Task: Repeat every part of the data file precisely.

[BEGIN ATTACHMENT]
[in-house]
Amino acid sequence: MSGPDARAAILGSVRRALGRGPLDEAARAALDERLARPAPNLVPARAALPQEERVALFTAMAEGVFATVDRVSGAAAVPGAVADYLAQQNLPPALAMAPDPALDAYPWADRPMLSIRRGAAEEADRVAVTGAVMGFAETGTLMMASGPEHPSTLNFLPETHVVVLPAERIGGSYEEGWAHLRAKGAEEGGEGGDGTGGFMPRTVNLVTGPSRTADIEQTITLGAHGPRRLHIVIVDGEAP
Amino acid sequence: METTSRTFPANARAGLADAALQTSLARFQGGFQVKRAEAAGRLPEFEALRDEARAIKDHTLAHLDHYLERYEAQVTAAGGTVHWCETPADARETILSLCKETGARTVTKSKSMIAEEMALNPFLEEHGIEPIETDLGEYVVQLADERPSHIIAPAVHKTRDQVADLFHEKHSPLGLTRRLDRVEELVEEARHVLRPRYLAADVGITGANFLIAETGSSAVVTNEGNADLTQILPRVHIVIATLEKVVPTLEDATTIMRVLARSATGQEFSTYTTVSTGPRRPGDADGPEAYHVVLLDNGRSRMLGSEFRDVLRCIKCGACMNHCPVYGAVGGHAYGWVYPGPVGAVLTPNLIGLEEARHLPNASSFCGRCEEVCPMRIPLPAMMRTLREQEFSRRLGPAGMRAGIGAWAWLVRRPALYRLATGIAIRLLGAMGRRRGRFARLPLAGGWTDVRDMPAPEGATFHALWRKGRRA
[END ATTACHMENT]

[in-house]
Amino acid sequence: MSGPDARAAILGSVRRALGRGPLDEAARAALDERLARPAPNLVPARAALPQEERVALFTAMAEGVFATVDRVSGAAAVPGAVADYLAQQNLPPALAMAPDPALDAYPWADRPMLSIRRGAAEEADRVAVTGAVMGFAETGTLMMASGPEHPSTLNFLPETHVVVLPAERIGGSYEEGWAHLRAKGAEEGGEGGDGTGGFMPRTVNLVTGPSRTADIEQTITLGAHGPRRLHIVIVDGEAP
Amino acid sequence: METTSRTFPANARAGLADAALQTSLARFQGGFQVKRAEAAGRLPEFEALRDEARAIKDHTLAHLDHYLERYEAQVTAAGGTVHWCETPADARETILSLCKETGARTVTKSKSMIAEEMALNPFLEEHGIEPIETDLGEYVVQLADERPSHIIAPAVHKTRDQVADLFHEKHSPLGLTRRLDRVEELVEEARHVLRPRYLAADVGITGANFLIAETGSSAVVTNEGNADLTQILPRVHIVIATLEKVVPTLEDATTIMRVLARSATGQEFSTYTTVSTGPRRPGDADGPEAYHVVLLDNGRSRMLGSEFRDVLRCIKCGACMNHCPVYGAVGGHAYGWVYPGPVGAVLTPNLIGLEEARHLPNASSFCGRCEEVCPMRIPLPAMMRTLREQEFSRRLGPAGMRAGIGAWAWLVRRPALYRLATGIAIRLLGAMGRRRGRFARLPLAGGWTDVRDMPAPEGATFHALWRKGRRA